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'Grandmom' Sheila Dikshit triumphs over jaded veterans

For Dikshit, who defied anti-incumbency sentiments that ousted her party in three other states, it was a lonely celebration.

india Updated: Dec 05, 2003 14:56 IST
Deepshikha Ghosh (Indo-Asian News Service)
Deepshikha Ghosh (Indo-Asian News Service)

Sheila Dikshit won a second term as Delhi Chief Minister, carrying the weight of the lone victory her Congress party could claim in four heartland states.

For Dikshit, 65, the urbane and amiable grandmother who defied the anti-incumbency sentiments that set her party back in Madhya Pradesh, Rajasthan and Chhattisgarh, it was a lonely celebration but a big win nevertheless.

Touted as an outsider by her rivals both within the party and in the BJP, the silver-haired housewife-turned-politician proved that she was here to stay.

"I must say I had some doubts earlier whether we could do so well, but now I am relieved and happy," she told reporters as garlands, flowers and sweets poured in at her New Delhi residence.

When Dikshit assumed charge as Delhi's second woman chief minister in 1998, there were more doubts than optimism that she could turn her party's good fortunes in the Delhi assembly elections to more than a flash in the pan.

Her calling card was little more than being party president Sonia Gandhi's close friend.

But she proved critics wrong by leading the Congress against a weighty rival, BJP veteran Madan Lal Khurana who has prided himself as the "live wire" of the city politics.

It was evident that she emerged the better "man" for the job.

Analysts attribute her victory to the "visible development" in the national capital of 15 million people that seems to have endeared Dikshit's urbane style of governance to Delhi's largely middle-class voters.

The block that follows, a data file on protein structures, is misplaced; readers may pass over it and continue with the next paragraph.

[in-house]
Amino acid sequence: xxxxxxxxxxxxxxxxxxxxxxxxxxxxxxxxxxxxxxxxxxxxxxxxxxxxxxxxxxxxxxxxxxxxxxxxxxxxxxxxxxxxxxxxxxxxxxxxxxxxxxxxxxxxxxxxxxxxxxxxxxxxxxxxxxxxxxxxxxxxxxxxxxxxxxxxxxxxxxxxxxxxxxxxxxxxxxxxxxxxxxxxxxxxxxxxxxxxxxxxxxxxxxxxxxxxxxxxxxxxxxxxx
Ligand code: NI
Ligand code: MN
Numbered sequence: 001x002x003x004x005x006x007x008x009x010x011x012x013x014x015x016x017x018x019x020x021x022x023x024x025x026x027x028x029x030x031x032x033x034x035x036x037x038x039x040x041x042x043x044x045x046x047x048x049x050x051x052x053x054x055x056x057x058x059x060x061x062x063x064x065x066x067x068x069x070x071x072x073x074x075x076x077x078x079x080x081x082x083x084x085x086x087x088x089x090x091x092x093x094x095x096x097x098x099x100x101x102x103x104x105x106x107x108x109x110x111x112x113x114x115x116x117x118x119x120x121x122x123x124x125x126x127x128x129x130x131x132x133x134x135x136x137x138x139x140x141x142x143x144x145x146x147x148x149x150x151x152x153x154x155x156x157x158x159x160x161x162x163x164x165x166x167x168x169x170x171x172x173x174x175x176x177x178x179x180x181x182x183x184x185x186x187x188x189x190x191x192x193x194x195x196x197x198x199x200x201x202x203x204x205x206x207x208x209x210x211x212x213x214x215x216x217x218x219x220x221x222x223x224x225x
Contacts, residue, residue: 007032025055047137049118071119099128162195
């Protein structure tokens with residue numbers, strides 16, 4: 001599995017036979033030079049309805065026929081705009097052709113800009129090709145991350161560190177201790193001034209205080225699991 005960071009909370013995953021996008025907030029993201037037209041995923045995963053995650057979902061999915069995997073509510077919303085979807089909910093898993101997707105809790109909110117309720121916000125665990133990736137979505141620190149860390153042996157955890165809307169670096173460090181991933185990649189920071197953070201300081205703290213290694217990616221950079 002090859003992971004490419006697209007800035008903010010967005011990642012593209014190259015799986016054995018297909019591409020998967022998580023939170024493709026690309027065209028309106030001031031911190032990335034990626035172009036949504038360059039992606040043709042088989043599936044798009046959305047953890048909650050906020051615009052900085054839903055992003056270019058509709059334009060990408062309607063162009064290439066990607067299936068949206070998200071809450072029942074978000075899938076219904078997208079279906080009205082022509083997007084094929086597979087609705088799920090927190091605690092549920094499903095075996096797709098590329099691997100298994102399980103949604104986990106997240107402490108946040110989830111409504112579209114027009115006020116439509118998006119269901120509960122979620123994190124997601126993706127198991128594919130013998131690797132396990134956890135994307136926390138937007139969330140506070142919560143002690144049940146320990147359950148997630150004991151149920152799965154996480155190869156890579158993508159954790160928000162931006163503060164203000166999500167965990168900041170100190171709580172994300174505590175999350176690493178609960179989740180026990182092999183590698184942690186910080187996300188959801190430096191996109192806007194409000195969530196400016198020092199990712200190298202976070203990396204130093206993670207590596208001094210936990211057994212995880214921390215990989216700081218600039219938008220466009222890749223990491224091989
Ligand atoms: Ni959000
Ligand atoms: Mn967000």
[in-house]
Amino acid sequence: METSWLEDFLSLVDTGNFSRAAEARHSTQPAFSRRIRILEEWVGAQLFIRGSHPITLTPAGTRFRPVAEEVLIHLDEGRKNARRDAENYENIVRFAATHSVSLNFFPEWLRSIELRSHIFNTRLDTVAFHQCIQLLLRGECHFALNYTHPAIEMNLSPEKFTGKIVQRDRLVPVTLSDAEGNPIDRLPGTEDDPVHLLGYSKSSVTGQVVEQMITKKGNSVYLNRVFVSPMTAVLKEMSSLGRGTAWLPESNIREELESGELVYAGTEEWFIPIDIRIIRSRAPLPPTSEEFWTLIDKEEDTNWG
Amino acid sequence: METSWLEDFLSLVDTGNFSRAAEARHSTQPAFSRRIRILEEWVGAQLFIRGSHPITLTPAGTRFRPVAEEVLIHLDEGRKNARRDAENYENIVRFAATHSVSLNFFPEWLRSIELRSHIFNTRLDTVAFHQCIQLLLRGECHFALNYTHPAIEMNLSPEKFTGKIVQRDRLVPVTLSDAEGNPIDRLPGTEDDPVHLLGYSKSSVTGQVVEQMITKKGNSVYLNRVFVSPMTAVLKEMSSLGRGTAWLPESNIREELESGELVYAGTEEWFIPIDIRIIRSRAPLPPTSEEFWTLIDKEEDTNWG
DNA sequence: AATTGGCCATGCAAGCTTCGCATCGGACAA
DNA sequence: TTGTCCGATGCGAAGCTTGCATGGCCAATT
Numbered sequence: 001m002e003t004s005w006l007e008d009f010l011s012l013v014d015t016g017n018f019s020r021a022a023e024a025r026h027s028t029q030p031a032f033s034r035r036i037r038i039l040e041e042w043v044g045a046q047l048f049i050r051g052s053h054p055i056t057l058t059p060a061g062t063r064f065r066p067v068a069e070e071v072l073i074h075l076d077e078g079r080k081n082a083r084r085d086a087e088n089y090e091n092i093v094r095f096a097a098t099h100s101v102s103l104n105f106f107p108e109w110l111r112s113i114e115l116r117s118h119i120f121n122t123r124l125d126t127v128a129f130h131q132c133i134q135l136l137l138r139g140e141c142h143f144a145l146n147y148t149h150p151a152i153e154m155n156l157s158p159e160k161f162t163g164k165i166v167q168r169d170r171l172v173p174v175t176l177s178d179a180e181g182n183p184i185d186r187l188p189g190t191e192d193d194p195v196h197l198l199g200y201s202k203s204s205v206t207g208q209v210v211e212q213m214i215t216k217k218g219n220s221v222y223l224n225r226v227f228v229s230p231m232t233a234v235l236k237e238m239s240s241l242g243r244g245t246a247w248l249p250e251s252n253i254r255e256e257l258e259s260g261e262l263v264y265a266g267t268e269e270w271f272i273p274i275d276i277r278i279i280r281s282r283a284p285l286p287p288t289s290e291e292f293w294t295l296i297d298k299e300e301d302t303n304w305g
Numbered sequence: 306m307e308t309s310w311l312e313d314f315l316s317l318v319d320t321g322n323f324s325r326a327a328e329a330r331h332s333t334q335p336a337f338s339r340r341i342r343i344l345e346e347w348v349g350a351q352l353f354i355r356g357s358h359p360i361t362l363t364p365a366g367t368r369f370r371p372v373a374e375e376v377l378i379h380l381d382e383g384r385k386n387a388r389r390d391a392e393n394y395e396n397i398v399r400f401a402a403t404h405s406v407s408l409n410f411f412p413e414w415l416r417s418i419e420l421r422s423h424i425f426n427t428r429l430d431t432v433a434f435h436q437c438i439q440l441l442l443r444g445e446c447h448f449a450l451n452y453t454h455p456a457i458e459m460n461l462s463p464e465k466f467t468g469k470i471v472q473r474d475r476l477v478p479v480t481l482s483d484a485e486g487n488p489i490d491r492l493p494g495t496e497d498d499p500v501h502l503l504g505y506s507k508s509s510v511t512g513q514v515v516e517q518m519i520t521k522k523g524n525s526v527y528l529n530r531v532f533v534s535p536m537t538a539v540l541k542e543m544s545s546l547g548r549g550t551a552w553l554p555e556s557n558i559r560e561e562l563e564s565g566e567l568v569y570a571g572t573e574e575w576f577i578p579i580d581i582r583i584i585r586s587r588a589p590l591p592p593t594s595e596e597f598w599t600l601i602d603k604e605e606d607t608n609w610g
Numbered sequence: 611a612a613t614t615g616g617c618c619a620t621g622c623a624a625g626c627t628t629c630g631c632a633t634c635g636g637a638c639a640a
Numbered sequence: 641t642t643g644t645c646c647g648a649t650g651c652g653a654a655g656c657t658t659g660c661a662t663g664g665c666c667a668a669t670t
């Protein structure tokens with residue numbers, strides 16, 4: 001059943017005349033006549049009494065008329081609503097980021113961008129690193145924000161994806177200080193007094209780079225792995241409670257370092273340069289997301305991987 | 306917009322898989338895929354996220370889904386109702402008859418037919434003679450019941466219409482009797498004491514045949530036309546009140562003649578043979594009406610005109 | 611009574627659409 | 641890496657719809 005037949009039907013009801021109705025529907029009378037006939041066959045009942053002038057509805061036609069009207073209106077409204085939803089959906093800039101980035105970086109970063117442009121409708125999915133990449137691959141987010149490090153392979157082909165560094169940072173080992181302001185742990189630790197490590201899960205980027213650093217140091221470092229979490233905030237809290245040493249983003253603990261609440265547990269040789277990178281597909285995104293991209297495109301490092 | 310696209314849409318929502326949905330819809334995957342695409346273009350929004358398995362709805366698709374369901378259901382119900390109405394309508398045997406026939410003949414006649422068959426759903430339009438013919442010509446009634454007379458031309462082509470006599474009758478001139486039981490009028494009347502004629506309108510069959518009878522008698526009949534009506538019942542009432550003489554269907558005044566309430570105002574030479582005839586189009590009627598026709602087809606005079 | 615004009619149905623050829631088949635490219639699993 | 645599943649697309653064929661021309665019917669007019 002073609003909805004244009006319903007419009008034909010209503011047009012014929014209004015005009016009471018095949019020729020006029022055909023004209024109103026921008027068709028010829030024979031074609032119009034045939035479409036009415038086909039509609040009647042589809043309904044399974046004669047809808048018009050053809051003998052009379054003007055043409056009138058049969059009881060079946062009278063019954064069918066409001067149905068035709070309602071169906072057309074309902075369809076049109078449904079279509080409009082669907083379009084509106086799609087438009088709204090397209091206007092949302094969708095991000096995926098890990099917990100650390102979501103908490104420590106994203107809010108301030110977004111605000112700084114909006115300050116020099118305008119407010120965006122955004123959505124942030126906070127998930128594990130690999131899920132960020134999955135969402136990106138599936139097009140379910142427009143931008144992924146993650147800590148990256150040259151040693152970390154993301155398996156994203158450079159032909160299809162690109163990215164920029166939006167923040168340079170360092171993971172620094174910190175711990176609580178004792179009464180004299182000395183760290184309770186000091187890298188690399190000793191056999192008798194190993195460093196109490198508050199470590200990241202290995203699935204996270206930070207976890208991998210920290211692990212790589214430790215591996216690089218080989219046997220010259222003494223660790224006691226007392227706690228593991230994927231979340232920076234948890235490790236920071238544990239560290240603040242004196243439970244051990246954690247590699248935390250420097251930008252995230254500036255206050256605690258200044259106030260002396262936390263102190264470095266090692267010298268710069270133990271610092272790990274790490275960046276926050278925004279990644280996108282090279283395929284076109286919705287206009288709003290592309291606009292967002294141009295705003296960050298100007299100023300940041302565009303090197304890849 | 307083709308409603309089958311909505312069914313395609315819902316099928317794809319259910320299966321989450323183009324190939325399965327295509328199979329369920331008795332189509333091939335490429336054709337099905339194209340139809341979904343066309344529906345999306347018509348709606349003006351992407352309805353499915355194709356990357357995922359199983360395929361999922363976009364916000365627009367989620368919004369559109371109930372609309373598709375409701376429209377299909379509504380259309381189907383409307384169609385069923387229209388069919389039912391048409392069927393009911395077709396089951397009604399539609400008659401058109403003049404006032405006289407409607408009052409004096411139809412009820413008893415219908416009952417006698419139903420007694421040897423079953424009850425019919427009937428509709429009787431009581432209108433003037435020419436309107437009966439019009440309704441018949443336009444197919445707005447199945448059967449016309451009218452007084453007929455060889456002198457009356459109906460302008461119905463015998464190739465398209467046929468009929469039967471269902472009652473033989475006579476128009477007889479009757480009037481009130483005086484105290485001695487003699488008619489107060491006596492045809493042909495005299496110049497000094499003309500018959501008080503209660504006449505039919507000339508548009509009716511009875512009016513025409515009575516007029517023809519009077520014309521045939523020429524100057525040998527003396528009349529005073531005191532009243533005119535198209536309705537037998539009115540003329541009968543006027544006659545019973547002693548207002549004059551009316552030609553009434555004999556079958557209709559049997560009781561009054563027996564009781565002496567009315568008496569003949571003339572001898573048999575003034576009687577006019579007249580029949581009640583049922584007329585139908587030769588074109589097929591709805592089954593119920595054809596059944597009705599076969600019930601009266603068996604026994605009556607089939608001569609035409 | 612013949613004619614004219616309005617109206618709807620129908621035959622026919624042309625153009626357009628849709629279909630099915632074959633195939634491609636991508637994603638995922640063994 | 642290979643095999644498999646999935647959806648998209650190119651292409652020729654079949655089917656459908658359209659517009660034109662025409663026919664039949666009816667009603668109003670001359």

Apart from the Delhi metro rail, Dikshit takes credit for making the city cleaner and greener due to the Supreme Court's directive to introduce a green fuel, compressed natural gas (CNG), for public transport vehicles.

She has also presided over an unprecedented number of flyovers sprouting at the same time in various parts of Delhi, promising to ease traffic.

Born on March 31, 1938, in Kapurthala, Punjab, the convent educated Dikshit is the eldest of three sisters.

With a masters degree in history from Delhi University, Dikshit married college sweetheart Vinod Dikshit, a civil servant son of former cabinet minister and former governor Uma Shankar Dikshit.

Her political initiation was as an aide to her father-in-law.

She made the plunge under then prime minister Rajiv Gandhi in 1984. She was a federal minister between 1986 and 1989, first in charge of parliamentary affairs and later, a minister of state in the Prime Minister's Office.

Always seen sporting crisp handloom saris and a benign smile, she likes to call her family truly secular - her daughter is married to a Muslim and her son to a Jain. She has a granddaughter from each.

One of her granddaughters, here to celebrate Dikshit's victory, expects a big gift from her grandmother.

"It has to be a substantial gift from her grandmother, not merely a poll victory for her!" she chuckles.

After campaigning heartily over the last few days, the avid movie lover relaxed by watching a show of "Kal Ho Na Ho", the latest romantic blockbuster to come out of Bollywood.

"I hope I can spend more time with my family," said Dikshit after winning.

Perhaps a well-deserved vacation is in order before she gets down to her second term, a tremendous achievement in a state that is notorious for rejecting the incumbent.

First Published: Dec 04, 2003 16:36 IST